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CrateDB 4.5 takes distributed SQL database open source

The distributed SQL database vendor is out with a new version of its CrateDB database that brings improved security and management features for on-premises and cloud deployments.

Database vendor Crate.io said it is moving its entire codebase to an open source licensing model.

Based in San Francisco, Calif., Crate.io develops and supports the CrateDB platform, a distributed SQL database that is optimized for time series data analysis.

Before its new Crate 4.5 release, introduced March 23 along with the move to open source, CrateDB came as an open core model, in which there is an open source base, or "core," community edition and an enterprise platform that builds on top with proprietary features not available in open source.

With the shift to an entirely open source codebase, features that had previously only been available in the enterprise edition of CrateDB are now in the open source CrateDB 4.5 milestone. Among the key capabilities that were previously proprietary features are security and visualization functions that make CrateDB more secure and easier to manage and use.

Adam Ronthal, an analyst at Gartner, said the open source licensing is designed to improve reach and adoption of CrateDB's technology, and should help drive cloud monetization.

"As a small ISV [independent software vendor], CrateDB faces challenges in competing against both native [cloud service provider] offerings and specialized offerings from other ISVs, " Ronthal said. "A strong price-performance story, which CrateDB has, will be critical to their long-term success."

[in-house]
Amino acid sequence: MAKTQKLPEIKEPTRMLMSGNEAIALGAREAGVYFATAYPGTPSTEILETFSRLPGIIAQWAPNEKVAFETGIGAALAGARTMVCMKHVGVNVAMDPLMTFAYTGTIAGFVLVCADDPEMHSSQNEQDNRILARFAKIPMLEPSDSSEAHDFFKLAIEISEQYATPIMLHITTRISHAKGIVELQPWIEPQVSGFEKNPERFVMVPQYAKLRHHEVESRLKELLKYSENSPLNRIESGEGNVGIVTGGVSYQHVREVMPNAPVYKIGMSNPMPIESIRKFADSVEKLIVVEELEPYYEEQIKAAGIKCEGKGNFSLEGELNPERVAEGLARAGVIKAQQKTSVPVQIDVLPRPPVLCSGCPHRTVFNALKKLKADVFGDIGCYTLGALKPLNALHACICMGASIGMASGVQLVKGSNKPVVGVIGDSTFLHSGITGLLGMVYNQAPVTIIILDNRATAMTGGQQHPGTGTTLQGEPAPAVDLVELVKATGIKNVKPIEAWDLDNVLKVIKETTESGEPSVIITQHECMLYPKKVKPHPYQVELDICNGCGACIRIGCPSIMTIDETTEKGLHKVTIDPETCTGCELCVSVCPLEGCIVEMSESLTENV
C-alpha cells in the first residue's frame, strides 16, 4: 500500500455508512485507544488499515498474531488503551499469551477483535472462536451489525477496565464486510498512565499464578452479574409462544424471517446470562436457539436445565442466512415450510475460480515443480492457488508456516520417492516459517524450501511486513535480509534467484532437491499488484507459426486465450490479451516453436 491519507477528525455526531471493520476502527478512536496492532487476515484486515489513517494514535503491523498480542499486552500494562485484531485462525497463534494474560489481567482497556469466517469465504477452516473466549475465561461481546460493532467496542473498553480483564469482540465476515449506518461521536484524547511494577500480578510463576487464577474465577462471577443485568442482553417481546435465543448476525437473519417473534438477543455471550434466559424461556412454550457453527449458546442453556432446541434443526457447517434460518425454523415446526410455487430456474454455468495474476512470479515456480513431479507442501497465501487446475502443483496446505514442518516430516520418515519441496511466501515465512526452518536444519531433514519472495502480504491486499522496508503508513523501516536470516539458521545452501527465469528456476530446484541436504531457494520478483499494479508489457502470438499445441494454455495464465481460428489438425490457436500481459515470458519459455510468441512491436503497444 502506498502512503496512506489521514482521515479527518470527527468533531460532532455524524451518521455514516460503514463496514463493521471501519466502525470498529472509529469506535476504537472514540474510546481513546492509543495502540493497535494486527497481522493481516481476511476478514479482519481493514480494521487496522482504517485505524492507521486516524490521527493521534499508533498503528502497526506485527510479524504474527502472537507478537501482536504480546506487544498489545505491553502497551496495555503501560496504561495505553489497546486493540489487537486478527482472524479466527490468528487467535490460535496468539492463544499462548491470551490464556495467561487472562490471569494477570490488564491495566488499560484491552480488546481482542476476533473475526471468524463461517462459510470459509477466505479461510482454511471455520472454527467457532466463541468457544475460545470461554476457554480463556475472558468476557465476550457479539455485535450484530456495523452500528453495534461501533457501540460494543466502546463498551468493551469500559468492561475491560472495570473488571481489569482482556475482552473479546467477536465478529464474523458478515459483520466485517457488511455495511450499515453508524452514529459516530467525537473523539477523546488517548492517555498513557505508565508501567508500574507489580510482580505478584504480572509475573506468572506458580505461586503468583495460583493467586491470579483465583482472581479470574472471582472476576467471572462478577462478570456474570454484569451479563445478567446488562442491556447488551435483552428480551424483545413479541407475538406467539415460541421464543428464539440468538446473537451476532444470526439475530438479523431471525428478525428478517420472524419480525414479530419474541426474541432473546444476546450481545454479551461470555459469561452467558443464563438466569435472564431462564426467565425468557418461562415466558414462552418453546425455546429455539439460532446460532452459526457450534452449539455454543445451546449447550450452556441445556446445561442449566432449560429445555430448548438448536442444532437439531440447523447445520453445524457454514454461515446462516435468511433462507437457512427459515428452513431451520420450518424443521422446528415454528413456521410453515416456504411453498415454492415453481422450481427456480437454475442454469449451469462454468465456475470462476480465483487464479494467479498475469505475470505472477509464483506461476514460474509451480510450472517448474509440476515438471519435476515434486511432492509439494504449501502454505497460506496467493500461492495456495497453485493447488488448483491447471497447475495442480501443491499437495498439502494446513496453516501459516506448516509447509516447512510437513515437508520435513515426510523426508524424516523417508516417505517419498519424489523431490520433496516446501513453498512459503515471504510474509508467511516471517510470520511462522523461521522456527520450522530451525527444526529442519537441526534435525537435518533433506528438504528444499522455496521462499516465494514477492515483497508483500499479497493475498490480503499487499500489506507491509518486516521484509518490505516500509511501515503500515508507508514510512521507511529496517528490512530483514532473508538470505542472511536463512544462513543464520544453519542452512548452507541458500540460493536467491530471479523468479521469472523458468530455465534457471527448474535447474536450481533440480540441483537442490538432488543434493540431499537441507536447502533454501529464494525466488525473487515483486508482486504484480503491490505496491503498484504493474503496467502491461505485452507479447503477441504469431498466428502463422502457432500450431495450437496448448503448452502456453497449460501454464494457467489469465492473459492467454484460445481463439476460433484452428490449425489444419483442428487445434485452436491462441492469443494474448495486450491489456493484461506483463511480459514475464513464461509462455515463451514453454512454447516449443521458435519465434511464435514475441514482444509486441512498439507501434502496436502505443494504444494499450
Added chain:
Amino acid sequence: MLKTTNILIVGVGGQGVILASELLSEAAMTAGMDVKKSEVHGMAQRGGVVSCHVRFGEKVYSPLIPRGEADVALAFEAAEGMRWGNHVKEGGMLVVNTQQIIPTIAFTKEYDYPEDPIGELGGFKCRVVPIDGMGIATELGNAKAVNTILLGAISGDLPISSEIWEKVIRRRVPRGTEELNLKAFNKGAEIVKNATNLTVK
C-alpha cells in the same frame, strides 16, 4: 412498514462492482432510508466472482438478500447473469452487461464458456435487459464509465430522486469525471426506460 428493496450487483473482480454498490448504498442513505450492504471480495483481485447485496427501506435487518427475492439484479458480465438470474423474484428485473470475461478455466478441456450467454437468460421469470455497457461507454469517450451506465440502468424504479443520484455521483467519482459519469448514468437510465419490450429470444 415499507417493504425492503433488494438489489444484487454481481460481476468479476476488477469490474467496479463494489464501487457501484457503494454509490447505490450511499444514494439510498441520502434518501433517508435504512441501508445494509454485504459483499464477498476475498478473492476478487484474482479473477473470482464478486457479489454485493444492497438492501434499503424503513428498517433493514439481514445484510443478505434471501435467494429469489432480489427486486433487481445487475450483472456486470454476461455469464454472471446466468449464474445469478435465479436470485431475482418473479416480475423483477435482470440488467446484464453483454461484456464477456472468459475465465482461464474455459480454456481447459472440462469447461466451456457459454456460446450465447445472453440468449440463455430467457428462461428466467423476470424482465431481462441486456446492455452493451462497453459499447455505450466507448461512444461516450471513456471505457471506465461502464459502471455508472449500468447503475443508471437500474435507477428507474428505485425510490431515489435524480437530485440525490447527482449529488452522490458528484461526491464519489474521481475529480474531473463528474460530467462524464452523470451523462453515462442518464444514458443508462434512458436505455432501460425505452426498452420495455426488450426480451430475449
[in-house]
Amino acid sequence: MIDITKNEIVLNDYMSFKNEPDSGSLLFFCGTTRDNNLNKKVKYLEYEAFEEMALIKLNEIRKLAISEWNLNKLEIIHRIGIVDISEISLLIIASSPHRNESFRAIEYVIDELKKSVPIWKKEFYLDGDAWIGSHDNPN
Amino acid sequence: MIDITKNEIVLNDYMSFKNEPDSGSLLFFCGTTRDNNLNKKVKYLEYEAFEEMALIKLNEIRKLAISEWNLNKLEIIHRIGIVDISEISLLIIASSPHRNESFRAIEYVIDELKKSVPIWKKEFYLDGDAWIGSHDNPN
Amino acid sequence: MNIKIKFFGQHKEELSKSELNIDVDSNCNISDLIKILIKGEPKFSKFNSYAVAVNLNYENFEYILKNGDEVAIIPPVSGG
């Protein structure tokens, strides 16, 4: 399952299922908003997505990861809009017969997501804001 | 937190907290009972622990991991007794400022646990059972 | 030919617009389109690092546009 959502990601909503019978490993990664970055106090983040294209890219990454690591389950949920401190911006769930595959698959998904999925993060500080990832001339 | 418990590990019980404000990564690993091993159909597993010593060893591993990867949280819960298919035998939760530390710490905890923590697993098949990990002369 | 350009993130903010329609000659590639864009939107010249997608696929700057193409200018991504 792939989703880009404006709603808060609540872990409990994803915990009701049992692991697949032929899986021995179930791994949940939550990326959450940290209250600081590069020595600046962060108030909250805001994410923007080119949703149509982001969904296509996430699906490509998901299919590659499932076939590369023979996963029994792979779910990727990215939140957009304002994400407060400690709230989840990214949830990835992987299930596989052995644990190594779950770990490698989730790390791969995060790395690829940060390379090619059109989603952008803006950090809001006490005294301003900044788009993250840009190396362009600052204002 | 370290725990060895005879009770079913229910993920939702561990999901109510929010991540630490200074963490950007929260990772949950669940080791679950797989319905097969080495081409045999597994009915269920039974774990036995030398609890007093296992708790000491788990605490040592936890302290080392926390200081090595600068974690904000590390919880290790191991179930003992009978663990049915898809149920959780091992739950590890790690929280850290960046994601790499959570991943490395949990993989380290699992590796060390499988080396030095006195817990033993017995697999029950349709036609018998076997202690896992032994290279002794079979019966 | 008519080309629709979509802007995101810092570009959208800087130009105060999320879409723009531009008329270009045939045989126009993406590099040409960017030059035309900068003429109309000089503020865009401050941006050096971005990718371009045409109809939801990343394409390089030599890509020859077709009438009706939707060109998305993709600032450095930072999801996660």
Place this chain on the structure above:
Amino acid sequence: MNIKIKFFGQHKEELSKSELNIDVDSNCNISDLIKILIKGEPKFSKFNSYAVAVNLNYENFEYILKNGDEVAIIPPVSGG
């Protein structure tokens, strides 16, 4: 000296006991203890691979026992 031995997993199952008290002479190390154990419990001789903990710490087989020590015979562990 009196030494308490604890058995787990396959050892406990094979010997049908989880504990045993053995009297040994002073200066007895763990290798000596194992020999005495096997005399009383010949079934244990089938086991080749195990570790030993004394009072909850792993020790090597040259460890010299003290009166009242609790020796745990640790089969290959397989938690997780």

Why CrateDB is going fully open source

The decision to move to a fully open source licensing model for CrateDB was actually made in 2020, as Crate.io brought in new CEO Eva Schönleitner.

A strong price-performance story, which CrateDB has, will be critical to their long-term success.
Adam RonthalAnalyst, Gartner

"One of the first discussions we had at that time was what are we doing in terms of product going forward," Schönleitner said of her first few months as CEO. "We decided on the open source direction by the end of the year."

As all the code in the enterprise edition was written by Crate.io employees, the vendor owned all the intellectual property and was able to easily make the code open source, according to Schönleitner.

She noted that more than changing the license, this is a change in philosophy at Crate.io. Rather than withholding features from the community edition, there is now one edition and one development path for code development. Schönleitner added that her company continues to operate the CrateDB Cloud product, a managed database-as-a-service offering, though it is now based on open source code.

The core CrateDB database is now freely available as an open source technology as well, with Crate.io providing support services for paying customers.

A view of the open source CrateDB 4.5 update
The open source CrateDB 4.5 update now integrates enhanced visualization and database monitoring that had previously only been available in the proprietary enterprise edition.

Open source CrateDB and the risk of cloud cannibalization

A primary reason why some vendors have chosen to have an open core approach or avoid open source altogether is the potential risk of "cloud cannibalization."

If a project is open core, the enterprise technology is not open source and can't be taken by a cloud provider.

Cloud cannibalization is when a public cloud provider takes an open source project and offers it as a service on their own platform, without engaging with the primary vendor leading the project. One such example where that has occurred is with Elasticsearch and AWS.

"As a company, we can provide a lot more around this open source product in terms of services. Since we create the product, we are also probably the best option to run it," said Georg Traar, head of customer engineering at Crate.io. "Yes, AWS might have their own solution and I think we have to be fine with that."

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